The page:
Article
Full-text available
Decisions about one’s health are often accompanied by uncertain outcomes, which may be either positively or negatively valenced. The presence of this uncertainty, which can range along a continuum from risk to ambiguity (i.e., decisions in which the outcome probabilities are known or unknown), can be perceived as threatening, and individuals tend t...
Article
Full-text available
Future-oriented emotions such as anticipatory affect (i.e., current affect experienced regarding a potential future outcome) and anticipated affect (i.e., expectations about potential future affect), are uniquely associated with health decision-making (e.g., electing to receive results of genomic testing). This study investigated the degree to whic...
Article
Full-text available
Risk perception refers to how individuals interpret their susceptibility to threats, and has been hypothesised as an important predictor of intentions and behaviour in many theories of health behaviour change. However, its components, optimal measurement, and effects are not yet fully understood. The TRIRISK model, developed in the US, conceptualis...
Article
Full-text available
Purpose Women with Li–Fraumeni Syndrome (LFS) often consider risk-reducing mastectomy (RRM) due to extremely high risk of breast cancer at early ages. Data on uptake of RRM in LFS are scarce, and are inferred from experience in women with pathogenic variants (PVs) in BRCA1/2, despite differences in cancer risks. This study evaluated RRM uptake in a...
Conference Paper
The disruption of routine cancer screening during the COVID-19 pandemic is a public health priority given documented delays in the diagnosis and treatment of screening-eligible cancers, and future impacts on cancer mortality. Furthermore, COVID-19 has disproportionately affected historically underrepresented populations such as the Hispanic communi...
Article
Cancer prevention and control has benefited substantially from behavioral medicine research over the last several decades. The National Cancer Institute’s (NCI) Division of Cancer Control and Population Sciences, ably led by Barbara Rimer and then Bob Croyle since being established in 1997, has been a primary supporter of this research. NCI has mad...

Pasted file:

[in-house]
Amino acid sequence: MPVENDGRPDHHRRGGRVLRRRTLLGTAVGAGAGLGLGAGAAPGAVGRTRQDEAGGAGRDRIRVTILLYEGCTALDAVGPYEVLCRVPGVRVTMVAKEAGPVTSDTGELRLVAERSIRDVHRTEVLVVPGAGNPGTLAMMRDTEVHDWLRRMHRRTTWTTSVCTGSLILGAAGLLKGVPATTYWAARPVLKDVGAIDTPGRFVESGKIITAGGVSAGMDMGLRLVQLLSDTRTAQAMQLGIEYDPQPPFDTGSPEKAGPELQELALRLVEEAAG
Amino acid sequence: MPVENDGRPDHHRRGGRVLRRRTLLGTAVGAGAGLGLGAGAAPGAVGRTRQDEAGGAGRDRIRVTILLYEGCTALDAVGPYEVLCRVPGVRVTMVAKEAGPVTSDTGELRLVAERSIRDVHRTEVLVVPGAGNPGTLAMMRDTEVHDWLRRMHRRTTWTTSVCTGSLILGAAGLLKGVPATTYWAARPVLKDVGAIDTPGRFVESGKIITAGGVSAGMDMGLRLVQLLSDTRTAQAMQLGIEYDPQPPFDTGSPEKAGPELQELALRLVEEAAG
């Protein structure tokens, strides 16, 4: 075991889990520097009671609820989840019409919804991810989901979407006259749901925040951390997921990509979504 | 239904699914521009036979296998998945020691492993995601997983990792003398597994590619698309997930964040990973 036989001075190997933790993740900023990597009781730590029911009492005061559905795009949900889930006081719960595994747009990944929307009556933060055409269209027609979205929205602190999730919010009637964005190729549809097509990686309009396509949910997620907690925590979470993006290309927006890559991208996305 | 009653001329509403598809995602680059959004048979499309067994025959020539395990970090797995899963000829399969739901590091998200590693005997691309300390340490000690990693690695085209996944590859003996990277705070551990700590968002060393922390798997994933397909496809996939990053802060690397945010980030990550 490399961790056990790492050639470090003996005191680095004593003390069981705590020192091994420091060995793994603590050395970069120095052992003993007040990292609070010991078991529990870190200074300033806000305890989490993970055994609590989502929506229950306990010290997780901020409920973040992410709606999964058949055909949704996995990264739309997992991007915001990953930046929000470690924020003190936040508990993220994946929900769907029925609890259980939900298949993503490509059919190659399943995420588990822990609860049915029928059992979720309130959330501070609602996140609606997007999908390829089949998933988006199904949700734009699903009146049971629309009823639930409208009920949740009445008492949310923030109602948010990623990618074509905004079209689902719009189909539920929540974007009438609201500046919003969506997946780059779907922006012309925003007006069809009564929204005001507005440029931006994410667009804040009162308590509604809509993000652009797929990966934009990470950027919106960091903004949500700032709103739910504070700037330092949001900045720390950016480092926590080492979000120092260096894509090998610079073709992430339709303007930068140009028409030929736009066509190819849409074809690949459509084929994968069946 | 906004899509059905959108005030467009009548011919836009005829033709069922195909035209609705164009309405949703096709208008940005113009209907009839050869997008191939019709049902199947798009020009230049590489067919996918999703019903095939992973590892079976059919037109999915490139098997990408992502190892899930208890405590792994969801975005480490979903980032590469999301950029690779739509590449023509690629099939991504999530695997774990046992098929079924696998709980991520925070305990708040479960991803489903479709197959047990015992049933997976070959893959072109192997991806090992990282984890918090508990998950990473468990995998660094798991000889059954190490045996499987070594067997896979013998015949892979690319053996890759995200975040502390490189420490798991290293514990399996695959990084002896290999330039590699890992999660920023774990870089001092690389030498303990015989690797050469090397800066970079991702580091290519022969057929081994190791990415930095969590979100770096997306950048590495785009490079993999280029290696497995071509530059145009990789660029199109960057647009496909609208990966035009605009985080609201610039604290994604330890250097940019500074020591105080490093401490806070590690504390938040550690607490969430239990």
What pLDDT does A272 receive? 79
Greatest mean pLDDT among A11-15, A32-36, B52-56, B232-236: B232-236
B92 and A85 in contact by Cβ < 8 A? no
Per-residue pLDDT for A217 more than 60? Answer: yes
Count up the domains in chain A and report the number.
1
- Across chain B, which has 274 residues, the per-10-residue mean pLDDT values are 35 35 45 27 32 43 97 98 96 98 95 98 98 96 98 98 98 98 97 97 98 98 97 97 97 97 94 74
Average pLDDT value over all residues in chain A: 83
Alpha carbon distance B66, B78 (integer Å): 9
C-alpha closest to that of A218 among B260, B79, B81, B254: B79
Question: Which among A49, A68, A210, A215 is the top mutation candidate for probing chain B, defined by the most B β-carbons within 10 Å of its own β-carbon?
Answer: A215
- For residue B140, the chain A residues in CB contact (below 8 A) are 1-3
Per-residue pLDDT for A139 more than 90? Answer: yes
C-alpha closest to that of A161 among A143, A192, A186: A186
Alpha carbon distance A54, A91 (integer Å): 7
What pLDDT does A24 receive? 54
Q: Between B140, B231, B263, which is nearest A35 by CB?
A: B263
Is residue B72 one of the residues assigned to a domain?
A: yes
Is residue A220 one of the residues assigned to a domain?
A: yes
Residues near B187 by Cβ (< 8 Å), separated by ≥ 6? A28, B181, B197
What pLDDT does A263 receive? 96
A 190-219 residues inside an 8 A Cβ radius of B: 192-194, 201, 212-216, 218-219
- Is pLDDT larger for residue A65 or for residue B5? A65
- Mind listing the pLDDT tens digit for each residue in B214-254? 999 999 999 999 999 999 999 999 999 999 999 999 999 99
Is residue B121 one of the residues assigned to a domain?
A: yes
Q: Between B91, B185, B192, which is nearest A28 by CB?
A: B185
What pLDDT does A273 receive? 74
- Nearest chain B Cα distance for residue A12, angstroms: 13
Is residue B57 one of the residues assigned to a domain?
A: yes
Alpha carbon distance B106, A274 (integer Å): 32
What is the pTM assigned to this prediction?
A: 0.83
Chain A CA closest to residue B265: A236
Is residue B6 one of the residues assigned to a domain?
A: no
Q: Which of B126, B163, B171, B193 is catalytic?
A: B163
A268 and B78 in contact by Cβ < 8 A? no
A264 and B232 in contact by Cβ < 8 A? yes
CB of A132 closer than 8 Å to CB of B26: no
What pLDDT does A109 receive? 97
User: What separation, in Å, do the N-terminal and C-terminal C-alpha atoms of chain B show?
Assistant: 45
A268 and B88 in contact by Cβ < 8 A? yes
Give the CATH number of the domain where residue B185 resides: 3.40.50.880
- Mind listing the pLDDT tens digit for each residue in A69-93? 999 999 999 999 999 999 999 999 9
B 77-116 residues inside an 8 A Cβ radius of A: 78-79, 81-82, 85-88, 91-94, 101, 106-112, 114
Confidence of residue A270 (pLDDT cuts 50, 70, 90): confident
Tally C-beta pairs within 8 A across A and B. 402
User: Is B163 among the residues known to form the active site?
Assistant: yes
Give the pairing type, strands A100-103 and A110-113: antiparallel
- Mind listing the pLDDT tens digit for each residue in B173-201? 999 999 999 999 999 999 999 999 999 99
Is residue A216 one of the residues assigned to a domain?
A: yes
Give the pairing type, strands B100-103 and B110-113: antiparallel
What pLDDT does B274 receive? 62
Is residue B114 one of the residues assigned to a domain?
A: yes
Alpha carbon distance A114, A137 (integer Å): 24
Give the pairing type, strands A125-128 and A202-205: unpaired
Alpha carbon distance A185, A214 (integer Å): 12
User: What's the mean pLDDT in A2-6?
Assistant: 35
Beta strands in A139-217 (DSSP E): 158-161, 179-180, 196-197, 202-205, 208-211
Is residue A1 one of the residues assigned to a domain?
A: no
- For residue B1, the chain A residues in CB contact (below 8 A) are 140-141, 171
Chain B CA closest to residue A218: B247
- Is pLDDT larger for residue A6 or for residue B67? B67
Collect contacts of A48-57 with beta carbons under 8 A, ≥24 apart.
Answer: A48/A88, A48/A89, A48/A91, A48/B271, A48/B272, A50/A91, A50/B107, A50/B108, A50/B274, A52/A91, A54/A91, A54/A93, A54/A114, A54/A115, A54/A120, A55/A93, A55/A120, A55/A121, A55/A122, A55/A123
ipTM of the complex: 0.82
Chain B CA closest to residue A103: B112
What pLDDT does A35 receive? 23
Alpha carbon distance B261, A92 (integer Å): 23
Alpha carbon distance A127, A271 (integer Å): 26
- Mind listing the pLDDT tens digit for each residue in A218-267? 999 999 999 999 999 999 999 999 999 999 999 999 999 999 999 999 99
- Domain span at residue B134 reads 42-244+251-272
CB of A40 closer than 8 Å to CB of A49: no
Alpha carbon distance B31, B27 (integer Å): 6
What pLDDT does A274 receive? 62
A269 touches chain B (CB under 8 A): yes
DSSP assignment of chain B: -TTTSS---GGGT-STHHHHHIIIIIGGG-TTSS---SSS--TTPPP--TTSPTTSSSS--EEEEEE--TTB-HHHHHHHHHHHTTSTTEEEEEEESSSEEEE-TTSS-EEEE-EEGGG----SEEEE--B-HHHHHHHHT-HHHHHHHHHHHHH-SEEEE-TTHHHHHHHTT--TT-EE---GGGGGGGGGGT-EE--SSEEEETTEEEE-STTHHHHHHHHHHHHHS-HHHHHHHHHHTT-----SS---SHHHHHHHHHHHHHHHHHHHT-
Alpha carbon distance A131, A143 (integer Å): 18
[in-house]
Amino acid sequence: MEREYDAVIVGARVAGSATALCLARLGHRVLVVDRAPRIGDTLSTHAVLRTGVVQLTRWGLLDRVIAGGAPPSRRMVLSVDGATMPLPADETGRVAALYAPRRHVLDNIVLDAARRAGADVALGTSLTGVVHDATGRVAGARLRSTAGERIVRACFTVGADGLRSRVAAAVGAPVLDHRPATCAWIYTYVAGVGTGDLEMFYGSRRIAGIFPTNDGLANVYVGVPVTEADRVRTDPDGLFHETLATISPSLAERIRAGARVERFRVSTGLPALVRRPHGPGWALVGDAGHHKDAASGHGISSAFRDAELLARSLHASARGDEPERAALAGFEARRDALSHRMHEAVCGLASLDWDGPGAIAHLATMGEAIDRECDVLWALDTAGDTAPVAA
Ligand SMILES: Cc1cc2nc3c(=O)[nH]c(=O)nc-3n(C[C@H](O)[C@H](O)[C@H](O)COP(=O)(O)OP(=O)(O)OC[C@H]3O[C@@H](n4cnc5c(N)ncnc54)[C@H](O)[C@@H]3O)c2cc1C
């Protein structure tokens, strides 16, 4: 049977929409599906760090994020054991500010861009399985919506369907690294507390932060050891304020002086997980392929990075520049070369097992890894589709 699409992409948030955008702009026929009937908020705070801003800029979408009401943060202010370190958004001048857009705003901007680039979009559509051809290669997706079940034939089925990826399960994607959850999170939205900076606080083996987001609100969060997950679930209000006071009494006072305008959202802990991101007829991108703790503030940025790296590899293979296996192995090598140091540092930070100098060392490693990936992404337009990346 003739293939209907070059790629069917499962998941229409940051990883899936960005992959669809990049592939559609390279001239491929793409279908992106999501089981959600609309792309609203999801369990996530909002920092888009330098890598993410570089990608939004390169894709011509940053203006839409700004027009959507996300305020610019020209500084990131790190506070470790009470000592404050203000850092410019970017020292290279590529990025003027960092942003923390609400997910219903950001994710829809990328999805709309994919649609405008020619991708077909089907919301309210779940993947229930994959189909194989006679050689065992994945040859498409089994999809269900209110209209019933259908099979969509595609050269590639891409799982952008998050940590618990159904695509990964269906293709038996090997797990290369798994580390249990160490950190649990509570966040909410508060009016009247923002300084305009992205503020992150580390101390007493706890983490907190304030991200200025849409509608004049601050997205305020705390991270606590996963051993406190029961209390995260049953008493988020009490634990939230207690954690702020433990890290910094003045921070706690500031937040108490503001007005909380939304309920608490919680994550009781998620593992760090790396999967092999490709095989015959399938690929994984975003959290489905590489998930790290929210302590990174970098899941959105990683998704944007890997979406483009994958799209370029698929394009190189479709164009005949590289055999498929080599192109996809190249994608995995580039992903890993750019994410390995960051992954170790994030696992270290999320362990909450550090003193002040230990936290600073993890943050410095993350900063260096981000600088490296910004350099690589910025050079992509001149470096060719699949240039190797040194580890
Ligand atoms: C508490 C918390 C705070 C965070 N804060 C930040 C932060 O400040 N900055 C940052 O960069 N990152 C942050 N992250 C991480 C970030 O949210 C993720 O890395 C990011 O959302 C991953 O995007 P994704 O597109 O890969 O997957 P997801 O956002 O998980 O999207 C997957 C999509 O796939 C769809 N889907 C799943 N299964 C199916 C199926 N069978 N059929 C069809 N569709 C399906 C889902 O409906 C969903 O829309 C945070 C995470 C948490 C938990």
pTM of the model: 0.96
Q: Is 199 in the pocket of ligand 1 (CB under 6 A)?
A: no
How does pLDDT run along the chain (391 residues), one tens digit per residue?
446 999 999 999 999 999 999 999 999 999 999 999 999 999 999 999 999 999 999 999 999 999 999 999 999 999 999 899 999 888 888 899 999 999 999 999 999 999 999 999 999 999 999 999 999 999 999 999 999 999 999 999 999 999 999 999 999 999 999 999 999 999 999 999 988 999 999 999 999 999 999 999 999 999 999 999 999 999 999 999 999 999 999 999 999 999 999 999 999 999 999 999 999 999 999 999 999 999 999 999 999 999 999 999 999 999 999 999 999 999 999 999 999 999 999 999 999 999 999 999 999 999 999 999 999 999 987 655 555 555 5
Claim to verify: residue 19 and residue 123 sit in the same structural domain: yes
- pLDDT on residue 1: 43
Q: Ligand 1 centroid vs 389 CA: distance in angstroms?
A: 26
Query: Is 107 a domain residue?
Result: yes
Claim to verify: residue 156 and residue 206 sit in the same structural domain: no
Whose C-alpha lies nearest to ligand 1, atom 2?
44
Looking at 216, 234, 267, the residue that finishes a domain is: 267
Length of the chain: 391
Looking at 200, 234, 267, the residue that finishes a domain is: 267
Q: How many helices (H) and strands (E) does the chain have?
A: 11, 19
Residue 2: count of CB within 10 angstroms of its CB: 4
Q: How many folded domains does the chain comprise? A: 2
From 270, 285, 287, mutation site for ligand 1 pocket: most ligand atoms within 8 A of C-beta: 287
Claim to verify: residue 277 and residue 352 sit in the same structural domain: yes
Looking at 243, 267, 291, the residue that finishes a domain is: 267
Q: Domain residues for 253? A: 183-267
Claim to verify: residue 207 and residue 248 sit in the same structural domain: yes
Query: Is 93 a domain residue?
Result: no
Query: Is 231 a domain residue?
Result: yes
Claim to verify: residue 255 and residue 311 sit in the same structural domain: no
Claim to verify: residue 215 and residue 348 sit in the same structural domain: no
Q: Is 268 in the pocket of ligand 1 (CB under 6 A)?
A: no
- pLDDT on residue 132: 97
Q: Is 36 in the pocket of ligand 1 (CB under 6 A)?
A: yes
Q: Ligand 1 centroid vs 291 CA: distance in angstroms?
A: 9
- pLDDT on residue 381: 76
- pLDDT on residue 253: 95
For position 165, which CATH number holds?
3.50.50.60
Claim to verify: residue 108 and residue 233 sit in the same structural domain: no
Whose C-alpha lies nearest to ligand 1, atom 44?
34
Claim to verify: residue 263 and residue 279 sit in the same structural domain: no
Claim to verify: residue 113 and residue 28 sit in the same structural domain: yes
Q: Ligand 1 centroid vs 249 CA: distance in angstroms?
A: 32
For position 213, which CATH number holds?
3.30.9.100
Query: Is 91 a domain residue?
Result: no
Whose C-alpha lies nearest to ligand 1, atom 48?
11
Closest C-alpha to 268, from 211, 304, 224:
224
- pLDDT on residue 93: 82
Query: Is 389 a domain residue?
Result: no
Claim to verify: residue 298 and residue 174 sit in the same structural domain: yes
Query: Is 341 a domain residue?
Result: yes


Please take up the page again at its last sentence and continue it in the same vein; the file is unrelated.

Article
Full-text available
Individuals often turn to others for decision‐making advice, which has the potential to improve decision‐making outcomes when advice is drawn from a reliable source. Because seeking advice is a kind of information seeking, it is likelier to occur when decisions involve ambiguity or when full information about outcomes is unavailable. We examined wh...
Article
We investigated the effectiveness of inoculation and self-affirmation interventions in neutralizing effects of health misinformation. Women ( N=854) recruited via Prolific were randomly assigned to self-affirm (or not) and read an inoculation (versus control) message detailing five common attributes of misinformation. All participants read an artic...
Article
Introduction Alcohol use increases cancer risk, yet awareness of this association is low. Alcohol control policies have the potential to reduce alcohol-caused cancer morbidity and mortality. Research outside the U.S. has found awareness of the alcohol–cancer link to be associated with support for alcohol control policies. The purpose of this study...
Article
Full-text available
Objective: Despite abundant observational and experimental tests, it is not yet clear whether enhancing autonomous motivation or perceived competence leads to health behavior change. We identified interventions that aimed to change these constructs and quantified the magnitude of changes in behavior observed when interventions generated increases...
Article
Full-text available
Introduction Electronic cigarette (e-cigarette) harm perceptions and information seeking behaviours are both important antecedents of e-cigarette use, yet the relationship between them has been rarely studied. We assessed how absolute (e-cigarettes are harmful to my health) and relative harm perceptions (e-cigarettes are more/less harmful than ciga...
Article
Full-text available
Objective Self-affirmation reduces defensiveness toward threatening health messages. In this study, we compared several possible self-affirmation inductions in order to identify the most effective strategy. Design Women at increased risk for breast cancer (i.e. who drink 7+ drinks per week) were recruited through Amazon Mechanical Turk (N = 1,056)...